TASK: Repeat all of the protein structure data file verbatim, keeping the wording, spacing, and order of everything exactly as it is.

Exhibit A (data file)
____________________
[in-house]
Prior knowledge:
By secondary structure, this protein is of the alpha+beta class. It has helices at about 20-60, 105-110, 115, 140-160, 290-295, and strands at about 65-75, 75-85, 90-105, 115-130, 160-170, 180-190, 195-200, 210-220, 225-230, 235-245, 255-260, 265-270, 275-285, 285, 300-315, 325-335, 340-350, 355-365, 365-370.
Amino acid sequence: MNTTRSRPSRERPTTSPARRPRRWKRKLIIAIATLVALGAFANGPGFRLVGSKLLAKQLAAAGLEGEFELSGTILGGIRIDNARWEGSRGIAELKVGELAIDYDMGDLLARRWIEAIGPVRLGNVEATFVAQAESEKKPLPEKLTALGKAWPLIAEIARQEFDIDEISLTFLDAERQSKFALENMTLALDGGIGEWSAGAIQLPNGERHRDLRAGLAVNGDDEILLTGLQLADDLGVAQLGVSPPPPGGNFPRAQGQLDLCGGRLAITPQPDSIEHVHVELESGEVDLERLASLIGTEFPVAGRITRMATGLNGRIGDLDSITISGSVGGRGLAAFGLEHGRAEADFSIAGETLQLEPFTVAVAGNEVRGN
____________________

[in-house]
Prior knowledge:
By secondary structure, this protein is of the alpha+beta class. It has helices at about 20-60, 105-110, 115, 140-160, 290-295, and strands at about 65-75, 75-85, 90-105, 115-130, 160-170, 180-190, 195-200, 210-220, 225-230, 235-245, 255-260, 265-270, 275-285, 285, 300-315, 325-335, 340-350, 355-365, 365-370.
Amino acid sequence: MNTTRSRPSRERPTTSPARRPRRWKRKLIIAIATLVALGAFANGPGFRLVGSKLLAKQLAAAGLEGEFELSGTILGGIRIDNARWEGSRGIAELKVGELAIDYDMGDLLARRWIEAIGPVRLGNVEATFVAQAESEKKPLPEKLTALGKAWPLIAEIARQEFDIDEISLTFLDAERQSKFALENMTLALDGGIGEWSAGAIQLPNGERHRDLRAGLAVNGDDEILLTGLQLADDLGVAQLGVSPPPPGGNFPRAQGQLDLCGGRLAITPQPDSIEHVHVELESGEVDLERLASLIGTEFPVAGRITRMATGLNGRIGDLDSITISGSVGGRGLAAFGLEHGRAEADFSIAGETLQLEPFTVAVAGNEVRGN